The First Poems of Famous Writers

Repost alert! If you’ve been following this blog since April 8th, 2013, skip this post. If you’re a more recent reader, here’s a great throwback to a past post I wrote about the first poems of famous writers. Everyone starts someplace when they write, right?

Below are some of our favorite writers and their very first poems ever written. What do you think? Which are your favorite? Can you see where their style started from? Do these poems inspire you? Let us know in the comments below!

William Shakespeare

“Untitled” (1582) (1 year before he had a poem published)

Those lips that Love’s own hand did make
Breath’d forth the sound that said I hate
To me that languish’d for her sake:
But when she saw my woeful state,
Straight in her heart did mercy come.
Chiding that tongue, that ever sweet
Was used in giving gentle doom:
And taught it thus anew to greet:
‘I hate’ she alter’d with an end
That follow’d it as gentle day
Doth follow night, who like a fiend
From heaven to hell is flown away.
‘I hate’ from hate away she threw,
And sav’d my life, saying ‘not you’

e.e. cummings

“My First Poem” (1897) (Age 3)

Oh little birdie
oh
oh
oh,

With your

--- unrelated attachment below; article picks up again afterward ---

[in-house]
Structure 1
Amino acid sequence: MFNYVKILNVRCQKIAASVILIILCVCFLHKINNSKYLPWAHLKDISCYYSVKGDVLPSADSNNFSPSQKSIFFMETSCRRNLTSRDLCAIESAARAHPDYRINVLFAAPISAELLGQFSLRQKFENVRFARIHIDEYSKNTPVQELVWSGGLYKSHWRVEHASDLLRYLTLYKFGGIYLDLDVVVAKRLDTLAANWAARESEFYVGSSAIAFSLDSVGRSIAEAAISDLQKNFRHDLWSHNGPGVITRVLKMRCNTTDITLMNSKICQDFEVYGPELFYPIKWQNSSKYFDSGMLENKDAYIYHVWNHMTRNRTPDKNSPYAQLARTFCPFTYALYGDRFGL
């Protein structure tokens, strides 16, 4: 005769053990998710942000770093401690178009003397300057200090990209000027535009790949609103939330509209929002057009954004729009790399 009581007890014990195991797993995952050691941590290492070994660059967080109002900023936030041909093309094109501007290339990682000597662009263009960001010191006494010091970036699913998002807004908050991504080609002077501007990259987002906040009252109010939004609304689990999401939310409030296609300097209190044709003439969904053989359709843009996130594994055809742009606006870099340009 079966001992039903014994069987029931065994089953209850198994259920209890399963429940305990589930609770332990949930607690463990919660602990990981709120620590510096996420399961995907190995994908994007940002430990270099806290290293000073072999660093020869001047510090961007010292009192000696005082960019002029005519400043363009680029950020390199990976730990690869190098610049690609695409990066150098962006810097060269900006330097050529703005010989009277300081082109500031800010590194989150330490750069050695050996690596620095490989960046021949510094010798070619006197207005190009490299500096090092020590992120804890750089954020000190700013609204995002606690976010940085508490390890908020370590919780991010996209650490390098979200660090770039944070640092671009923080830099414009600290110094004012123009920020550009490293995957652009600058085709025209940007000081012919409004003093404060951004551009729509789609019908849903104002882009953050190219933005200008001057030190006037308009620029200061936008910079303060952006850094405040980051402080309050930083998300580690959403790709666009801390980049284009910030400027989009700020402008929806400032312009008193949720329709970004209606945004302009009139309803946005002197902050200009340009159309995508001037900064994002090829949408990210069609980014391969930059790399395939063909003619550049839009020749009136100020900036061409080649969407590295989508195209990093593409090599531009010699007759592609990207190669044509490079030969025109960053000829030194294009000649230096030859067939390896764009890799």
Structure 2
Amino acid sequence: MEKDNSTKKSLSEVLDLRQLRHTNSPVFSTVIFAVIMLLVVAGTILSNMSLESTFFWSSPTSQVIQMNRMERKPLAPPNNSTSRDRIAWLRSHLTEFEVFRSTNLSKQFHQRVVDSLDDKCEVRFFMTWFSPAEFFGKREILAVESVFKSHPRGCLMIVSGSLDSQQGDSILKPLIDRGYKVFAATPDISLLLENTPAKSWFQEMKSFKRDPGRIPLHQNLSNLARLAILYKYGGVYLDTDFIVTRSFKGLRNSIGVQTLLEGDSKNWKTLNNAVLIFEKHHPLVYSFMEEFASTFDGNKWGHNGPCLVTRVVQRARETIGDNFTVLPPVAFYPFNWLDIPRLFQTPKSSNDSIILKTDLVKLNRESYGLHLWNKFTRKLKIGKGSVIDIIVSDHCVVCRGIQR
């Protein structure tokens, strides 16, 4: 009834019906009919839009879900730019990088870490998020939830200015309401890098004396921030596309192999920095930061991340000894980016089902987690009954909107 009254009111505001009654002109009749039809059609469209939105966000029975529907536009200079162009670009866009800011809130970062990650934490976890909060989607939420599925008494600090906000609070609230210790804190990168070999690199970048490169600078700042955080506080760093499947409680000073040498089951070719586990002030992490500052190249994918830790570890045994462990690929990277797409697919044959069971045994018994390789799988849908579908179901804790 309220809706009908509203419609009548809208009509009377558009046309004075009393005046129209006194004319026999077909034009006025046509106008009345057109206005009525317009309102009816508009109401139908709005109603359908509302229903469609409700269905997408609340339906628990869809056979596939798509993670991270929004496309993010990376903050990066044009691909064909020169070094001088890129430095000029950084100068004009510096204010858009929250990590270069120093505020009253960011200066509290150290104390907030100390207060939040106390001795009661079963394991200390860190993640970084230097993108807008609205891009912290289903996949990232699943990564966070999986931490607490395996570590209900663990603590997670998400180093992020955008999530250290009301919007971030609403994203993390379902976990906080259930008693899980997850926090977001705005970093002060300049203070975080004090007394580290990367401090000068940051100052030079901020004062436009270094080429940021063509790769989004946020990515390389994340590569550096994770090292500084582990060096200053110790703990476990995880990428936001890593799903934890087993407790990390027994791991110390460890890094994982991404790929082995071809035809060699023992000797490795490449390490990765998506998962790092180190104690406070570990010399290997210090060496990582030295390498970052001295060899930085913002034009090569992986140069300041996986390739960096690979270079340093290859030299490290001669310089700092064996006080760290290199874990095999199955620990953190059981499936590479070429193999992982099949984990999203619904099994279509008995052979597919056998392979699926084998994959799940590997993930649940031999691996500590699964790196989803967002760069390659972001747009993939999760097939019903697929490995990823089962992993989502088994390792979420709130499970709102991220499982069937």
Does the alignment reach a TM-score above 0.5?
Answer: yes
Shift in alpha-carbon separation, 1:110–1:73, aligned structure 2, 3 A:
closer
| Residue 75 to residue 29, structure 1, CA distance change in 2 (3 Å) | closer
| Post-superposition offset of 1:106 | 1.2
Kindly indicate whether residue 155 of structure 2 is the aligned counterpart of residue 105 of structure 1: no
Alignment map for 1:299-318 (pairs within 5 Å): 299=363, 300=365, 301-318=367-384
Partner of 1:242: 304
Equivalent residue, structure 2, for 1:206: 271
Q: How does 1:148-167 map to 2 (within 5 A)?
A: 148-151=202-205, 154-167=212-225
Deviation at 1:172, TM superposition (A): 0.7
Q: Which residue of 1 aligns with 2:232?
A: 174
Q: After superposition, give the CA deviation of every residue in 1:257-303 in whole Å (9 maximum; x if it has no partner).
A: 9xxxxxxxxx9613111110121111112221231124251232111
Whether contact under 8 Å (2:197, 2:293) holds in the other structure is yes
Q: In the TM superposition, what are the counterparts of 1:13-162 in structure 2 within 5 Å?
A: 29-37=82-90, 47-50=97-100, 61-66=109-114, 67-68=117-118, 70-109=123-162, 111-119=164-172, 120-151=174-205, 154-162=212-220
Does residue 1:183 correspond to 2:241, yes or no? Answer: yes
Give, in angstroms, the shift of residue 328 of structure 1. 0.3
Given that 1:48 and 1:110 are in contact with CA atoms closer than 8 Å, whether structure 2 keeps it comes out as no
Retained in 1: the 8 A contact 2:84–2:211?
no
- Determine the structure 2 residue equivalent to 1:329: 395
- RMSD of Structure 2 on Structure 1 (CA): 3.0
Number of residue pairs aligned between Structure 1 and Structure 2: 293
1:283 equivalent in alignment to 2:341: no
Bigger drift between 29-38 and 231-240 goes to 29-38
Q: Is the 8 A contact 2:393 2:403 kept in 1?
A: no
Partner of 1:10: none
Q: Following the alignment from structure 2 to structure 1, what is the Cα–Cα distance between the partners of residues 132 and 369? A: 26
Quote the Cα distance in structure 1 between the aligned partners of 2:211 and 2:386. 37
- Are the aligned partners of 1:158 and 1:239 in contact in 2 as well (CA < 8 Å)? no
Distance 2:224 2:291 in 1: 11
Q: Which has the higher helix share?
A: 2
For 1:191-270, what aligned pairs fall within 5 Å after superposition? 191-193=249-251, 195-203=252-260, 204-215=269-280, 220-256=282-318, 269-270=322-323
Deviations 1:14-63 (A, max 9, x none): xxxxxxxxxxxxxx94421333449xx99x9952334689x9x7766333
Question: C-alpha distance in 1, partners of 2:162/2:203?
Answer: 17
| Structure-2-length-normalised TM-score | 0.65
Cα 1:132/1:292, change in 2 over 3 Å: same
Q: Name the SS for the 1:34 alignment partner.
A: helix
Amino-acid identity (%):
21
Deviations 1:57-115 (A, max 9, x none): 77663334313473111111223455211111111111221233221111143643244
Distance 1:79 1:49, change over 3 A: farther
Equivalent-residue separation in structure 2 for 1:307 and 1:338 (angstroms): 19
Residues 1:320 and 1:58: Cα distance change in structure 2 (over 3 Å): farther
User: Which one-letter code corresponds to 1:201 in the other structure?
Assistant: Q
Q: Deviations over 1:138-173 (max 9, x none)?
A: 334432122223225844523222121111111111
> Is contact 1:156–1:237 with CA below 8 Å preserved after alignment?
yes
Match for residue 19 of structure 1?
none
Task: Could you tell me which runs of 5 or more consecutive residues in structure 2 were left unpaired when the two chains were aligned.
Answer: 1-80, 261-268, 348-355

toe
toe
toe.

Sylvia Plath

“Poem” (1941) (Published when she was 8 years old)

Hear the crickets chirping
In the dewy grass.
Bright little fireflies
Twinkle as they pass.

Edgar Allan Poe

“Untitled” (1824) (At the age of 15)

Last night, with many cares & toils oppress’d
Weary, I laid me on a couch to rest —

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About ThePandaBard

Amanda is the Managing Editor at The Poetics Project and of The Socialist, the national magazine of The Socialist Party USA. She graduated with a BA in English Education and a minor in Political Science. She is currently enrolled in an English MA program with an emphasis in Literature. During her free time, Amanda enjoys writing poetry, reading, traveling, crocheting, watching entire seasons of campy shows on Netflix, and, of course, writing blogs. You can follow Amanda on Twitter @ThePandaBard, on Pinterest @ThePandaBard, or on Medium @ThePandaBard. You can also find her research on Academia.Edu at Cpp.Academia.Edu/MandaRiggle.
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